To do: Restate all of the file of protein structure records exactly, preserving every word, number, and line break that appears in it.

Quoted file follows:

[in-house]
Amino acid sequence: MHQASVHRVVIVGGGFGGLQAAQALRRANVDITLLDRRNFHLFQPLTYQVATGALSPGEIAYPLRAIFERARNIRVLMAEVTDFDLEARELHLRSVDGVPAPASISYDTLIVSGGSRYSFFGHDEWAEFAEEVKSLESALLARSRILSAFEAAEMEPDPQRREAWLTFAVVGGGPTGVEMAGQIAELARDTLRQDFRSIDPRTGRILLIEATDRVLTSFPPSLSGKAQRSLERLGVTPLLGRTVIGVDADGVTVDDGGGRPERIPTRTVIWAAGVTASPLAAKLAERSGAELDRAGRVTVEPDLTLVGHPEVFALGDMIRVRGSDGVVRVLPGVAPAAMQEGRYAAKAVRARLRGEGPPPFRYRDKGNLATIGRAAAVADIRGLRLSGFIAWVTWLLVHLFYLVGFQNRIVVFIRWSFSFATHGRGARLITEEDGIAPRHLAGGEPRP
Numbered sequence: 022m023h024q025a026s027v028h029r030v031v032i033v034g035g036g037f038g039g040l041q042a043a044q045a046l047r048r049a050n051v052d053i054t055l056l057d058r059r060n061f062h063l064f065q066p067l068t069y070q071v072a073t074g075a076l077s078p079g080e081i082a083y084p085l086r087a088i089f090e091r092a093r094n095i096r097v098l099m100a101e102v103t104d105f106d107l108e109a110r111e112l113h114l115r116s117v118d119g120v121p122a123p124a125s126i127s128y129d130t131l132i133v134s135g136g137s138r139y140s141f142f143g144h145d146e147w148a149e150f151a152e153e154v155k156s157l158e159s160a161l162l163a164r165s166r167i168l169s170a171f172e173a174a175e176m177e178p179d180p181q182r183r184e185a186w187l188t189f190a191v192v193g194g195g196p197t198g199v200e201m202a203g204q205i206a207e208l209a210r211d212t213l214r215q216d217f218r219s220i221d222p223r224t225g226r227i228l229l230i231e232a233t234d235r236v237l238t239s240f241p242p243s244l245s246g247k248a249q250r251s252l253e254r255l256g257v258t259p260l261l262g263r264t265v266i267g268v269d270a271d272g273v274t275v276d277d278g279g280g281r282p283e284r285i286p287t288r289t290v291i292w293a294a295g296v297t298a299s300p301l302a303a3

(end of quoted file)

[in-house]
Amino acid sequence: MHQASVHRVVIVGGGFGGLQAAQALRRANVDITLLDRRNFHLFQPLTYQVATGALSPGEIAYPLRAIFERARNIRVLMAEVTDFDLEARELHLRSVDGVPAPASISYDTLIVSGGSRYSFFGHDEWAEFAEEVKSLESALLARSRILSAFEAAEMEPDPQRREAWLTFAVVGGGPTGVEMAGQIAELARDTLRQDFRSIDPRTGRILLIEATDRVLTSFPPSLSGKAQRSLERLGVTPLLGRTVIGVDADGVTVDDGGGRPERIPTRTVIWAAGVTASPLAAKLAERSGAELDRAGRVTVEPDLTLVGHPEVFALGDMIRVRGSDGVVRVLPGVAPAAMQEGRYAAKAVRARLRGEGPPPFRYRDKGNLATIGRAAAVADIRGLRLSGFIAWVTWLLVHLFYLVGFQNRIVVFIRWSFSFATHGRGARLITEEDGIAPRHLAGGEPRP
Numbered sequence: 022m023h024q025a026s027v028h029r030v031v032i033v034g035g036g037f038g039g040l041q042a043a044q045a046l047r048r049a050n051v052d053i054t055l056l057d058r059r060n061f062h063l064f065q066p067l068t069y070q071v072a073t074g075a076l077s078p079g080e081i082a083y084p085l086r087a088i089f090e091r092a093r094n095i096r097v098l099m100a101e102v103t104d105f106d107l108e109a110r111e112l113h114l115r116s117v118d119g120v121p122a123p124a125s126i127s128y129d130t131l132i133v134s135g136g137s138r139y140s141f142f143g144h145d146e147w148a149e150f151a152e153e154v155k156s157l158e159s160a161l162l163a164r165s166r167i168l169s170a171f172e173a174a175e176m177e178p179d180p181q182r183r184e185a186w187l188t189f190a191v192v193g194g195g196p197t198g199v200e201m202a203g204q205i206a207e208l209a210r211d212t213l214r215q216d217f218r219s220i221d222p223r224t225g226r227i228l229l230i231e232a233t234d235r236v237l238t239s240f241p242p243s244l245s246g247k248a249q250r251s252l253e254r255l256g257v258t259p260l261l262g263r264t265v266i267g268v269d270a271d272g273v274t275v276d277d278g279g280g281r282p283e284r285i286p287t288r289t290v291i292w293a294a295g296v297t298a299s300p301l302a303a3